Some people get confused by the legal language used in describing Wills and Bequests. The following are brief definitions of the many words used:
An ADMINISTRATOR is someone who is appointed by law to settle your affairs if you die without leaving a Will, if your Will is not valid, or if the named Executor does not act.
ADMINISTRATION EXPENSES are those costs incurred in the administration of the estate or in the collection of the assets, payments of debts and distribution of property.
Assets are all the items you own – property, vehicles, bank accounts, shares, household goods, jewellery and so on. Together, these are known as your Estate.
A BENEFICIARY is someone who is to receive something from your Will.
A BEQUEST is a completed gift transfer, by Will, of personal property such as cash, securities, or other tangible property.
A CODICIL is a charge or an addition which you can make to your Will.
A DEFERRED GIFT is a gift that is made now, but is not actually received until sometime in the future, usually after your death.
A DIVORCE will revoke that portion of the Will in favour of your former spouse. It is important to consider whether you should make a new Will if you are divorced.
An ESTATE is the total of assets – (property, possessions and money) – that you leave when you die.
An EXECUTOR is someone you appoint in your Will to see that your wishes and instructions are carried out after your death.
A GUARDIAN is the person or institution you appoint who will take on the responsibility of raising your minor children or caring for someone for whom you are providing care or legal protection, should you die before they are in a position to care for themselves. A Guardian may also be appointed to take care of your own non-financial affairs if you are unable to act for yourself through illness or dementia.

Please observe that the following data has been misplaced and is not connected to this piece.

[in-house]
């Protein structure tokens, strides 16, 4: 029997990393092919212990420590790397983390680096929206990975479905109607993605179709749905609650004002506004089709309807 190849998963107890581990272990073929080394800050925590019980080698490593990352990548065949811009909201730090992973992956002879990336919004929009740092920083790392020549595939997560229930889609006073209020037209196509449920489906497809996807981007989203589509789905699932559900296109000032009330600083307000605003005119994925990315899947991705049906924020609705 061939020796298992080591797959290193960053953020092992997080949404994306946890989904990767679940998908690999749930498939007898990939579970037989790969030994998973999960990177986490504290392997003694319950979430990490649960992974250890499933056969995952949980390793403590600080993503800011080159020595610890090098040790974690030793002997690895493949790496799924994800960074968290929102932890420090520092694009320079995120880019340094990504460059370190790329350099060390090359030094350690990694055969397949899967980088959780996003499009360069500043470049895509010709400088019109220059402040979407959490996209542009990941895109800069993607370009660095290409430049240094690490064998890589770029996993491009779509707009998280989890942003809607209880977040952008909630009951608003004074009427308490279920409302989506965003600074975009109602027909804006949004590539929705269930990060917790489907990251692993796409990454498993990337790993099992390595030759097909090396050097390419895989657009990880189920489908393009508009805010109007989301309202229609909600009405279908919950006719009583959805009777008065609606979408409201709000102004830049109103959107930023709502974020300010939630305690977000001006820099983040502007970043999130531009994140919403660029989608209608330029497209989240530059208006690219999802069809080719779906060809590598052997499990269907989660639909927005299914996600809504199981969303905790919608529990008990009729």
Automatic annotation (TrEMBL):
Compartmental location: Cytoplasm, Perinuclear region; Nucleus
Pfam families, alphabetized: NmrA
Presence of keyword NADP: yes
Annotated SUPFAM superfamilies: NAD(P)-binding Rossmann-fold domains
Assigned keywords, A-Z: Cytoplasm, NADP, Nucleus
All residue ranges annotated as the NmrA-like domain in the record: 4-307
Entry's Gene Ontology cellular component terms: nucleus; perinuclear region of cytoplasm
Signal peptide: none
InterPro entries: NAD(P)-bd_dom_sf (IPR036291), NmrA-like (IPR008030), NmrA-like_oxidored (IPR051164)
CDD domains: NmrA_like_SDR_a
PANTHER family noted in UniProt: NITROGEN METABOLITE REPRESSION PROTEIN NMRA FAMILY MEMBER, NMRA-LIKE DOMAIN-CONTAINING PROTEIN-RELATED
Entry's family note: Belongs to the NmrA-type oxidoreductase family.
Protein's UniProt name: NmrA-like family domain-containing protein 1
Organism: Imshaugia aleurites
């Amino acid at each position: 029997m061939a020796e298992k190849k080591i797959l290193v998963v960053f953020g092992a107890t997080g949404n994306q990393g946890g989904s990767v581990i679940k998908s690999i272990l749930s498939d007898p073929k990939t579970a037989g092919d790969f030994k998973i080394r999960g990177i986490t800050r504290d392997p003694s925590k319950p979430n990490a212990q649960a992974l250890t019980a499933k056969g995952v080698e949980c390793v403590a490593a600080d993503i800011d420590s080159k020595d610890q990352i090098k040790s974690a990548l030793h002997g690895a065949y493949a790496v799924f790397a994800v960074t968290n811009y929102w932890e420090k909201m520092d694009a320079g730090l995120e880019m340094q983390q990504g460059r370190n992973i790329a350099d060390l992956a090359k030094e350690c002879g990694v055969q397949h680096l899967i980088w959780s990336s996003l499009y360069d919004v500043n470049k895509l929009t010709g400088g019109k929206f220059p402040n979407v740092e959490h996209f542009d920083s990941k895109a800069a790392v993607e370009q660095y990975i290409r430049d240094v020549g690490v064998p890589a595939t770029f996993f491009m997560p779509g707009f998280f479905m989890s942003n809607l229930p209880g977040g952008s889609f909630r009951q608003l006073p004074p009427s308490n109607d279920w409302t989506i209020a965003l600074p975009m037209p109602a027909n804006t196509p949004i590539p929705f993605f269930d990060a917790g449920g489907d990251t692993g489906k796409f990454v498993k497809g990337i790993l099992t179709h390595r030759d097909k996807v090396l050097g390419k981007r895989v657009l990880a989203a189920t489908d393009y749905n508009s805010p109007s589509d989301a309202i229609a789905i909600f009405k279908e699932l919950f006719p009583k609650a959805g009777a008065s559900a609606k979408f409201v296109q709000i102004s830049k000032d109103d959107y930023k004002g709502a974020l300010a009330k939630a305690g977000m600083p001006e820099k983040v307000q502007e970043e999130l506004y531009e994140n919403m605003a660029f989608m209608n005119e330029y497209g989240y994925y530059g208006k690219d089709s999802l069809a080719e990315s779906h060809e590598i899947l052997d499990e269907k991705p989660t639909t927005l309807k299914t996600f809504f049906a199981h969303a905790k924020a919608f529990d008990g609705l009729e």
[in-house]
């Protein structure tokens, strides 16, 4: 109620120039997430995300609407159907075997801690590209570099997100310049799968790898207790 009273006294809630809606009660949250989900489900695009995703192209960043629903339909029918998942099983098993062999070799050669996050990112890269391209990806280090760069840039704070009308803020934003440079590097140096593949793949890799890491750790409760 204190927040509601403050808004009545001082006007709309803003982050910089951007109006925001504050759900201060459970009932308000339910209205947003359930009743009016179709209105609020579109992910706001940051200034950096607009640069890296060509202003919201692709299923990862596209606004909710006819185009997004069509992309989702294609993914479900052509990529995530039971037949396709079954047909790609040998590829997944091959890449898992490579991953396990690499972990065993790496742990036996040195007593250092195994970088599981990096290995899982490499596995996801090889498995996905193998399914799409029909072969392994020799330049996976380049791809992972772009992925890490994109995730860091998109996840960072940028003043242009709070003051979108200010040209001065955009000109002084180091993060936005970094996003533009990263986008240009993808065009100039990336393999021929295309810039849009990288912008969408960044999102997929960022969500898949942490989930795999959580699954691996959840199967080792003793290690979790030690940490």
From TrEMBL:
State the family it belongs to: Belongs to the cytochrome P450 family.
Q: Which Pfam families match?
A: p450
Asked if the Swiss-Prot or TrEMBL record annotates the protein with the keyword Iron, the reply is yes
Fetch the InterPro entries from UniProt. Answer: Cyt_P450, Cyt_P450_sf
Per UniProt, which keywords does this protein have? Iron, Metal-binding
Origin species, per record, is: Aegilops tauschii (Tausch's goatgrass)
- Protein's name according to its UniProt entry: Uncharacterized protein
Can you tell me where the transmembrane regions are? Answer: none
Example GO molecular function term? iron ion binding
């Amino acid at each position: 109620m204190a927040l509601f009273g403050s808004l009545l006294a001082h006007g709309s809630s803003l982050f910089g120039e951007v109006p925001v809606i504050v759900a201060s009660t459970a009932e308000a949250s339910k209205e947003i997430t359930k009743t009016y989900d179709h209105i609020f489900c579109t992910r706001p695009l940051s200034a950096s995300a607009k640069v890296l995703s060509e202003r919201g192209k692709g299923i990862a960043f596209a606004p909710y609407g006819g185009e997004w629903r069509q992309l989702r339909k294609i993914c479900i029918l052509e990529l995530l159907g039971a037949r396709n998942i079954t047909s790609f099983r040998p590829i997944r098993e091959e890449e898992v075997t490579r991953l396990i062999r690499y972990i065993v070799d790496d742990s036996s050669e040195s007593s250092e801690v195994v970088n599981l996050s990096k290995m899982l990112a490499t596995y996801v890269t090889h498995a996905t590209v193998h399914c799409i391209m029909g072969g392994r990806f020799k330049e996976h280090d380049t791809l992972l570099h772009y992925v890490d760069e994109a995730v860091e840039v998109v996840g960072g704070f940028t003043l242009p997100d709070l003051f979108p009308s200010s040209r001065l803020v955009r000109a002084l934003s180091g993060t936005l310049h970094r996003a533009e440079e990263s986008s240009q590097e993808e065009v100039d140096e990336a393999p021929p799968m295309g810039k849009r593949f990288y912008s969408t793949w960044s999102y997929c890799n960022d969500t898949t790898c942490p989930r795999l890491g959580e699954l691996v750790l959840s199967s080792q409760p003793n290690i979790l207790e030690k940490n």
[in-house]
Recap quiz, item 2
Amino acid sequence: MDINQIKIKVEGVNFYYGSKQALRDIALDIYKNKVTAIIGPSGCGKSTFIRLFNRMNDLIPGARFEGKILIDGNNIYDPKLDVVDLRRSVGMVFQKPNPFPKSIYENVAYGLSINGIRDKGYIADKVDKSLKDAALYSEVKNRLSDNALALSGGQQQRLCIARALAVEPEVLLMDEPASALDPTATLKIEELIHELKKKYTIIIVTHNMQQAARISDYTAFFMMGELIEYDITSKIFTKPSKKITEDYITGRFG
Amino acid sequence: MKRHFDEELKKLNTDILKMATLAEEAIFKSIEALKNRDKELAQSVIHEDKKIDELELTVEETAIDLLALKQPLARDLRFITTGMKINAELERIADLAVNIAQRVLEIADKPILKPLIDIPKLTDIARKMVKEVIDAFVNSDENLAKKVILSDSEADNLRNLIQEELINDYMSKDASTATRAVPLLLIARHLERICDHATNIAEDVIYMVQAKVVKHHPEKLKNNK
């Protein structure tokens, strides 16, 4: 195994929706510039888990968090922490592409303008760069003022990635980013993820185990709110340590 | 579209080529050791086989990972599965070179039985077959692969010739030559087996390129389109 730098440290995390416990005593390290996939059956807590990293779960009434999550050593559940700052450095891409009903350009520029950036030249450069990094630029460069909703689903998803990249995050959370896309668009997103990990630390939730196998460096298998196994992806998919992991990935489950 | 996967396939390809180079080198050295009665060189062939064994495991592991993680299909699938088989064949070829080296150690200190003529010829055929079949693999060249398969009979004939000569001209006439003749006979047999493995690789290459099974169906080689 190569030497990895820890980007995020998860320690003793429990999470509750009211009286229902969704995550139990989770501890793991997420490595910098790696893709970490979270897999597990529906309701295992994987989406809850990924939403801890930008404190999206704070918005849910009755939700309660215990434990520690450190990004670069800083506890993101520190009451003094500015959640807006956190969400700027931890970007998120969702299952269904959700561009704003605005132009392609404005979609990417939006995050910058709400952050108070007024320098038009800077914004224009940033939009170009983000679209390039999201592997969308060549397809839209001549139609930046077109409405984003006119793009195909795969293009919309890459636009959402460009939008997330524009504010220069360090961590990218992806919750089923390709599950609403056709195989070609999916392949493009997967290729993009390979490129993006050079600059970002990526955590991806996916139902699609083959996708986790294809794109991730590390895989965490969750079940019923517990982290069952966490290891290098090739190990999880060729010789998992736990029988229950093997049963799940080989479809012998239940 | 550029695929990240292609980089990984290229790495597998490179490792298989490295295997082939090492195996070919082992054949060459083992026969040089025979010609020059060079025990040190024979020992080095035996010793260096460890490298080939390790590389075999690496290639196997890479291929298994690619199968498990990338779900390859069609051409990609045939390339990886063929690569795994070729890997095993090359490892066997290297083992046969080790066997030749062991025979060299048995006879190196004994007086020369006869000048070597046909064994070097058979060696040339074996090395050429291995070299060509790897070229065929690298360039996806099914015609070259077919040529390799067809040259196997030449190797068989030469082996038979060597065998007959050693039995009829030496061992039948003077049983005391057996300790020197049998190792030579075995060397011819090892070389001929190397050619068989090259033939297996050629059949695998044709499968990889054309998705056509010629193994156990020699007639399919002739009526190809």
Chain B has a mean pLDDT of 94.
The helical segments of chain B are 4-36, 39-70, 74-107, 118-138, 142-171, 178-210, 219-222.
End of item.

INHERITANCE is the process by which your possessions are passed on to your family after your death.
INTESTATE OR INTESTACY means dying without making a valid Will.
A LEGACY is a gift left in a Will. There are three common kinds of legacies. A specific legacy which is a definite property or object; a pecuniary legacy which is a gift or a specific sum of money; and a residuary legacy which is a gift of money or assets left over when other legacies and expenses have been paid.
MARRIAGE will revoke any Will you have previously made. It is important to make a new Will when you marry. You can make a Will in anticipation of marriage.
PARTIAL INTESTACY is the name for a situation which arises when someone’s Will does not dispose of the whole of the estate.
PROBATE (from the word “to prove”) is the legal procedure to establish whether you left a valid Will. If not, an Administrator is appointed to distribute according to law.
RESIDUE is the amount of money left over when all the expenses and the specific legacies have been paid from your estate. Many people choose to leave the residue, or a share of it, to charity.
A TESTATOR (or TESTATRIX) is a person who has made a Will.
A TRUST is an arrangement you can make in your Will to administer part of your assets after your death, e.g. on behalf of your children if they are still minors.
A WILL is a written instrument by which a person disposes of his property on death but which may not be effective unless executed in accordance with correct legal procedures.